Get Rhythm

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"Get Rhythm"
Single by Johnny Cash
B-side "Hey Porter"[1]
Released September 1969
Format 7" single
Recorded 1956
Genre Rockabilly
Length 2:13
Label Sun 1103
Writer(s) Johnny Cash
Producer(s) Sam Phillips
Johnny Cash singles chronology
"A Boy Named Sue"
(1969)
"Get Rhythm"
(1969)
"Blistered"
(1969)

"Get Rhythm" is a song written and recorded by American country music singer-songwriter Johnny Cash. It was released in September 1969 as a single.

Content[edit]

The song is about optimism, centering on a shoeshine boy who "gets rhythm" to cope with the tedious nature of his job.

Critical reception[edit]

Alice Randall in the book "My Country Roots: The Ultimate MP3 Guide to America's Original Outsider Music" asks the question, "racist, racialist, or race appreciating? You decide. Maybe the grinning "boy" hides something worth knowing in his mask as well as behind his mask."[2]

Chart performance[edit]

"Get Rhythm" was released in 1956 as the B-side to Cash's first Number One hit, "I Walk the Line." In 1969, the original recording of "Get Rhythm" was released as a single itself, with sound effects dubbed in to simulate the sound of a live recording.[1] This rerelease went to #23 on the country charts.

Chart (1969) Peak
position
U.S. Billboard Hot Country Singles 23
U.S. Billboard Hot 100 60
Canadian RPM Country Tracks 1
Canadian RPM Top Singles 59
Preceded by
"To See My Angel Cry"
by Conway Twitty
RPM Country Tracks
number-one single

November 15-November 22, 1969
Succeeded by
"Groovy Grubworm"
by Harlow Wilcox

Martin Delray version[edit]

"Get Rhythm"
Single by Martin Delray
from the album Get Rhythm
B-side "The Very Thought of You"
Released 1991
Format CD single
Genre Country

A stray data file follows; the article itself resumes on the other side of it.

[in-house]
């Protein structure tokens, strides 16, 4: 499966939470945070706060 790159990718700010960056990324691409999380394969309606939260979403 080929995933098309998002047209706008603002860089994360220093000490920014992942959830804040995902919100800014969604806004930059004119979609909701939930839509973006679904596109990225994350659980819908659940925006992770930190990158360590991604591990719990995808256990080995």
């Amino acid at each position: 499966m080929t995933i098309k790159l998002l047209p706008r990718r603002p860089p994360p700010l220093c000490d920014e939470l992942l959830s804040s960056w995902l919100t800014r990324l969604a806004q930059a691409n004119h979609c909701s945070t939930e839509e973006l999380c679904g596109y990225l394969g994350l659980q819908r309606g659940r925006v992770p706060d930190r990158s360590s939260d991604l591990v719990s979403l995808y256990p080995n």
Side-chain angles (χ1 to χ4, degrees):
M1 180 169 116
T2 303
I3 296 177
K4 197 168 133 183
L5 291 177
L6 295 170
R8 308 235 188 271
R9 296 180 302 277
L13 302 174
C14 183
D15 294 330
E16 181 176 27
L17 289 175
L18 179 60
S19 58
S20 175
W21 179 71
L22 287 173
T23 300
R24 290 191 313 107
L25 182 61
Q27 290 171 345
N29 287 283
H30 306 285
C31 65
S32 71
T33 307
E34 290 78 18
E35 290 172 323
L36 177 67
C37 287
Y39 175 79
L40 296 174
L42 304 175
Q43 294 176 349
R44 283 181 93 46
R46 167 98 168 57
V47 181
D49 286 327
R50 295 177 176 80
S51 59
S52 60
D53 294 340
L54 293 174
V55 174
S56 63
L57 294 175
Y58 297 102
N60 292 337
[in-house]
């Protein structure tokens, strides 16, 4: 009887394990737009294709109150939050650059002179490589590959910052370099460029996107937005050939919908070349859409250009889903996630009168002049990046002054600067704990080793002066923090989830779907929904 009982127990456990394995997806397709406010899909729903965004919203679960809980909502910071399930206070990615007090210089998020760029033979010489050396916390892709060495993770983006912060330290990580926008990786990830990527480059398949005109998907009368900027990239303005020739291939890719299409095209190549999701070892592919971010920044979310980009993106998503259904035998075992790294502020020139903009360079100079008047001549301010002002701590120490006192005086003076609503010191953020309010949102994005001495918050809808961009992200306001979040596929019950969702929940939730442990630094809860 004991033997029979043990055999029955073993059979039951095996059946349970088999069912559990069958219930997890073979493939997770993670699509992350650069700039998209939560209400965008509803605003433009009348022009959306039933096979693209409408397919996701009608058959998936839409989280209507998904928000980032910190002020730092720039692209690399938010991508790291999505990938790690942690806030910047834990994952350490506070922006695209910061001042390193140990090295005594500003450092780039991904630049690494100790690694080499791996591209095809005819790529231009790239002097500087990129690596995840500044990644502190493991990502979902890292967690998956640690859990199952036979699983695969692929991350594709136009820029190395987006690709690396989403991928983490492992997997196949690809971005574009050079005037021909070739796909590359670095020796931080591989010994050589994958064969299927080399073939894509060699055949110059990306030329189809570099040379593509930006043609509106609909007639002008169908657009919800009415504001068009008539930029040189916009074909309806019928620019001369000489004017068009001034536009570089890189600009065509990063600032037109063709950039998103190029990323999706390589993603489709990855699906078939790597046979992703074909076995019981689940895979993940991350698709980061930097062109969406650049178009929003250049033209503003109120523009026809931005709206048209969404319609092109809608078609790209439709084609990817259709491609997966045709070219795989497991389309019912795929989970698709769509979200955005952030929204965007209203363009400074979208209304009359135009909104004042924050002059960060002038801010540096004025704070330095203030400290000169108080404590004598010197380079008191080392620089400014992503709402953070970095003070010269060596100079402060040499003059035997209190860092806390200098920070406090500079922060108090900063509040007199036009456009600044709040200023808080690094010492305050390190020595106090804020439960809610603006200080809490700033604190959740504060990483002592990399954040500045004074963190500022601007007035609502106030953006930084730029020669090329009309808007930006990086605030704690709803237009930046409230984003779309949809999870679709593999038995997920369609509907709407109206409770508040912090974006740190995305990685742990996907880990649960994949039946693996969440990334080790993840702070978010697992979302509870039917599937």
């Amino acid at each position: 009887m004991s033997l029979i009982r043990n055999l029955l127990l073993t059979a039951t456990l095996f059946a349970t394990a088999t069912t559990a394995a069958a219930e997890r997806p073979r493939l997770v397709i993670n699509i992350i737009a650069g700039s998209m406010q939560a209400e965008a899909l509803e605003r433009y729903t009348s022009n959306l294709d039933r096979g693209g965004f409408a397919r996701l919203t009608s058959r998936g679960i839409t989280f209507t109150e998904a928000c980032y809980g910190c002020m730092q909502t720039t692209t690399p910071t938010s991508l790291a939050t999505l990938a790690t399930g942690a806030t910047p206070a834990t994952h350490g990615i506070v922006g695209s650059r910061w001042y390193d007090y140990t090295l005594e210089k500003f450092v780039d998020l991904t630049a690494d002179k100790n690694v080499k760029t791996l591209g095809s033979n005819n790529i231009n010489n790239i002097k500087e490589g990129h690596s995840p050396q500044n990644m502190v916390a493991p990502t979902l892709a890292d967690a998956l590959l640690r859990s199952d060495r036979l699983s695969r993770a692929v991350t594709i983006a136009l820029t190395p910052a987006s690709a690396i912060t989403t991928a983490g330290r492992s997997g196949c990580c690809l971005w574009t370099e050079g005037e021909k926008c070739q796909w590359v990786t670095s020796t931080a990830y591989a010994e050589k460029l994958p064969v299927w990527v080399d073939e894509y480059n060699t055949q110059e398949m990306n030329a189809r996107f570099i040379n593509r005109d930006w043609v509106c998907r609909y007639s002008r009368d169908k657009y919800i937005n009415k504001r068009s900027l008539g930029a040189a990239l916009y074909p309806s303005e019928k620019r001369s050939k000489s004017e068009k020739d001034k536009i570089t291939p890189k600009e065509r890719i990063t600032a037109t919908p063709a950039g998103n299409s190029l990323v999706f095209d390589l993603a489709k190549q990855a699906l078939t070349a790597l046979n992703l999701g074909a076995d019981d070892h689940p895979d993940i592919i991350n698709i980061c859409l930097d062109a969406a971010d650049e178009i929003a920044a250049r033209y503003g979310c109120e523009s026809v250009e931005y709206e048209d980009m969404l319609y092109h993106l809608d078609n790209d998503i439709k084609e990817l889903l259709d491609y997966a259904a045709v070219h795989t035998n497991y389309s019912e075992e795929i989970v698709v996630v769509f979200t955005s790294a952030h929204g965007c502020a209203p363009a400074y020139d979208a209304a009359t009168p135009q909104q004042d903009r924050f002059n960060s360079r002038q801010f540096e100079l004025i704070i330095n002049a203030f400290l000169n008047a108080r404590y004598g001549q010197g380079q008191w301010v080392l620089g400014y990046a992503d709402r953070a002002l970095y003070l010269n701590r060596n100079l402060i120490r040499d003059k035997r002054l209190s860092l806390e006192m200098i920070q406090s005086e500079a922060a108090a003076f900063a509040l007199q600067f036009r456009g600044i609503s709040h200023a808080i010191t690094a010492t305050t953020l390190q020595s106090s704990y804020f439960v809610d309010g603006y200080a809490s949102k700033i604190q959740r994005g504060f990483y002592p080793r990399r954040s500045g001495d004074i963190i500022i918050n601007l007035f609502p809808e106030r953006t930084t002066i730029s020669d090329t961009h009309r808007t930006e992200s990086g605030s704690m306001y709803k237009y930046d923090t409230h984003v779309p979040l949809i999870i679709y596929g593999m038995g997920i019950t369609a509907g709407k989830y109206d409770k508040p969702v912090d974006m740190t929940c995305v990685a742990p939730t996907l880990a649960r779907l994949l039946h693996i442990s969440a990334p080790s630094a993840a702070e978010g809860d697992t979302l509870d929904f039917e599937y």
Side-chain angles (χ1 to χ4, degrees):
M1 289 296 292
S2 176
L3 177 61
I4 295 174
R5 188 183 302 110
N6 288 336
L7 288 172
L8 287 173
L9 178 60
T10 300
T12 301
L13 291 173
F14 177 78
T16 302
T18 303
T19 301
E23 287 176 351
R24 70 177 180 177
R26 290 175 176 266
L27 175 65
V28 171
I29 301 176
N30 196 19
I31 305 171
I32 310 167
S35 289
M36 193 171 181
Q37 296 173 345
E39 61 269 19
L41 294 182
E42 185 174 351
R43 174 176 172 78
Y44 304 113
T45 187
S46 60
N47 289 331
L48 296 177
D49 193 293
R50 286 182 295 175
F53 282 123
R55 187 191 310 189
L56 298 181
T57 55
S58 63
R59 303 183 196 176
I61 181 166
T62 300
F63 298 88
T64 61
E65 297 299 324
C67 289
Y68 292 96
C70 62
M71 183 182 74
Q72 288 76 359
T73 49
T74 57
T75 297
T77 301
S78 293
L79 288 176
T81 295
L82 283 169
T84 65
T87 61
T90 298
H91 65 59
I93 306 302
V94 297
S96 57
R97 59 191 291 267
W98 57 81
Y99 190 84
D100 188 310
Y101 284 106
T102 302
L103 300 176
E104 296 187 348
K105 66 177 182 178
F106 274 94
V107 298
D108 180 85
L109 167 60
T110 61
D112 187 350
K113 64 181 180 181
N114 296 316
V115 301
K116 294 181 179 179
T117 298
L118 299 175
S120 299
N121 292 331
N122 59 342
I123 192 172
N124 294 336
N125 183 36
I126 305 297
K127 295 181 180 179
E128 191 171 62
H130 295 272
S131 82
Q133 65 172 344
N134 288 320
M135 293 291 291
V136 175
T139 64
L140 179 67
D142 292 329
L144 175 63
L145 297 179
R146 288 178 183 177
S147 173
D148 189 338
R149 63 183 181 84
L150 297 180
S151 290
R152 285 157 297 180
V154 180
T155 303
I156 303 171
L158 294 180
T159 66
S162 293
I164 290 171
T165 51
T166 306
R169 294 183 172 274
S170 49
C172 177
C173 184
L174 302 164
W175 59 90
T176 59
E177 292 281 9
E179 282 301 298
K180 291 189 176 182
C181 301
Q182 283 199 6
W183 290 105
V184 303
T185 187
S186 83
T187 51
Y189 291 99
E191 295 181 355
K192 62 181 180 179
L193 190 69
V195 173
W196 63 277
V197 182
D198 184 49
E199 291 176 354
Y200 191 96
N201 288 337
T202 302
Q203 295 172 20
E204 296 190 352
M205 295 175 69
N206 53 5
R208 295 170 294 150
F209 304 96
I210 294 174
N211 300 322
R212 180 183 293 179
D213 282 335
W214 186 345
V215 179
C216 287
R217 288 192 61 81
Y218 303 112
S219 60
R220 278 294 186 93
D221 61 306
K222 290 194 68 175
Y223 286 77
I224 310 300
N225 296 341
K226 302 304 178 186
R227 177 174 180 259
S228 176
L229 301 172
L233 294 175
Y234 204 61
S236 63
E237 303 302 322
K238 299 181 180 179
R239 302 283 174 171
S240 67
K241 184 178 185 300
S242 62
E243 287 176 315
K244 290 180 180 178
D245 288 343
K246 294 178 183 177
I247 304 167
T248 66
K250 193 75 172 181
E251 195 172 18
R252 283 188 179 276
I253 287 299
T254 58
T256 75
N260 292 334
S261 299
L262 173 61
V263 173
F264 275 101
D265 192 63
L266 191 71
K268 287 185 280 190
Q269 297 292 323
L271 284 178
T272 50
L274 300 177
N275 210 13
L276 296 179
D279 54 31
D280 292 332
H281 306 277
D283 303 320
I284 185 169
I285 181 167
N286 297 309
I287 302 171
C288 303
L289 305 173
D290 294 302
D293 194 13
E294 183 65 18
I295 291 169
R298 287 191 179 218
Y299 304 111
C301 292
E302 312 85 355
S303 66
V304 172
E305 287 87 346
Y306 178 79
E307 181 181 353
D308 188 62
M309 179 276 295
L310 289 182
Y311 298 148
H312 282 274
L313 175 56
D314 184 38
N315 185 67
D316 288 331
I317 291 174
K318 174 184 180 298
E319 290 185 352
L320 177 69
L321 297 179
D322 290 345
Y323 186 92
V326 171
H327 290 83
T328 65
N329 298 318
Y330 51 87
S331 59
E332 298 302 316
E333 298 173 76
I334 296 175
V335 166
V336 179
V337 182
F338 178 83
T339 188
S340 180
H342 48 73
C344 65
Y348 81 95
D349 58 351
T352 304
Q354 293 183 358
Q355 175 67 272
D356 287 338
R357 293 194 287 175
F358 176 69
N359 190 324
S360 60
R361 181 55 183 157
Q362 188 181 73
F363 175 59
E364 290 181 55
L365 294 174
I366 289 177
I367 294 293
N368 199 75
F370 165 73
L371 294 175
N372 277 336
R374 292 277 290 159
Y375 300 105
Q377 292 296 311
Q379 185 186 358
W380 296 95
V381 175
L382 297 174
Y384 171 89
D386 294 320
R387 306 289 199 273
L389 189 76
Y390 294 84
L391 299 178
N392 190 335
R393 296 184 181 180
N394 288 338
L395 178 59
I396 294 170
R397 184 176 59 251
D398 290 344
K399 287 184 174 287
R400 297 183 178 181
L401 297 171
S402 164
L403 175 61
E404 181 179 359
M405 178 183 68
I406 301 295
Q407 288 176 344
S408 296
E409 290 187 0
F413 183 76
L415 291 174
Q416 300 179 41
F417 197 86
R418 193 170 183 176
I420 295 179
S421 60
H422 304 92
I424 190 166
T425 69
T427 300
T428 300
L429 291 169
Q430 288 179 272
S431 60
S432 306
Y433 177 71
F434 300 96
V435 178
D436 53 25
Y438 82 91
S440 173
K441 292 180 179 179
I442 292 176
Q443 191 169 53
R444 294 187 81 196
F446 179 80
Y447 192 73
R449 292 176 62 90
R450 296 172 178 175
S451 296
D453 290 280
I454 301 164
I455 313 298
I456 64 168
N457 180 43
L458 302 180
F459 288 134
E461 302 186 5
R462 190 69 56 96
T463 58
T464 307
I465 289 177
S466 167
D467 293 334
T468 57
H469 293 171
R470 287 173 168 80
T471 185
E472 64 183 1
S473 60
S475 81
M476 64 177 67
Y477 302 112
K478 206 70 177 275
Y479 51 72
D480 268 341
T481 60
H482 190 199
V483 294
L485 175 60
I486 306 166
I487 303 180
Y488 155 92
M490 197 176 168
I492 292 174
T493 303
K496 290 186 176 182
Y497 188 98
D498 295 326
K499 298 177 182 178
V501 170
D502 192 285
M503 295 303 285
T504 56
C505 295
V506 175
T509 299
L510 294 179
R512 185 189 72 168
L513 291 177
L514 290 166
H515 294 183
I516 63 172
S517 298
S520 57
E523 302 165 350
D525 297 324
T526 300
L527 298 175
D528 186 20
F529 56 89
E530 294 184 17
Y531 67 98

Length 2:52
Label Atlantic
Producer(s) Blake Mevis, Nelson Larkin
Martin Delray singles chronology
"Temptation"
(1985)
"Get Rhythm"
(1991)
"Lillie's White Lies"
(1991)

In 1991, Martin Delray recorded a cover of the song on his debut album, also entitled Get Rhythm. Released as his debut single, Delray's version featured guest vocals from Cash, as well as a guest appearance by him in the music video.[3] It peaked at #27 on the country charts.

Chart performance[edit]

Chart (1991) Peak
position
Canada Country Tracks (RPM)[4] 18
US Hot Country Songs (Billboard)[5] 27

References[edit]

  1. ^ a b Whitburn, Joel (2008). Hot Country Songs 1944 to 2008. Record Research, Inc. p. 84. ISBN 0-89820-177-2. 
  2. ^ Randall, Alice; Carter Little; Courtney Little (2006). My Country Roots: The Ultimate MP3 Guide to America's Original Outsider Music. Thomas Nelson, Inc. p. 92. ISBN 1-59555-860-8. 
  3. ^ Vinopal, David. "Martin Delray Biography". Allmusic. Retrieved 2007-11-24. 
  4. ^ "Top RPM Country Tracks: Issue 1520." RPM. Library and Archives Canada. May 18, 1991. Retrieved August 16, 2013.
  5. ^ "Martin Delray Album & Song Chart History" Billboard Hot Country Songs for Martin Delray.

External links[edit]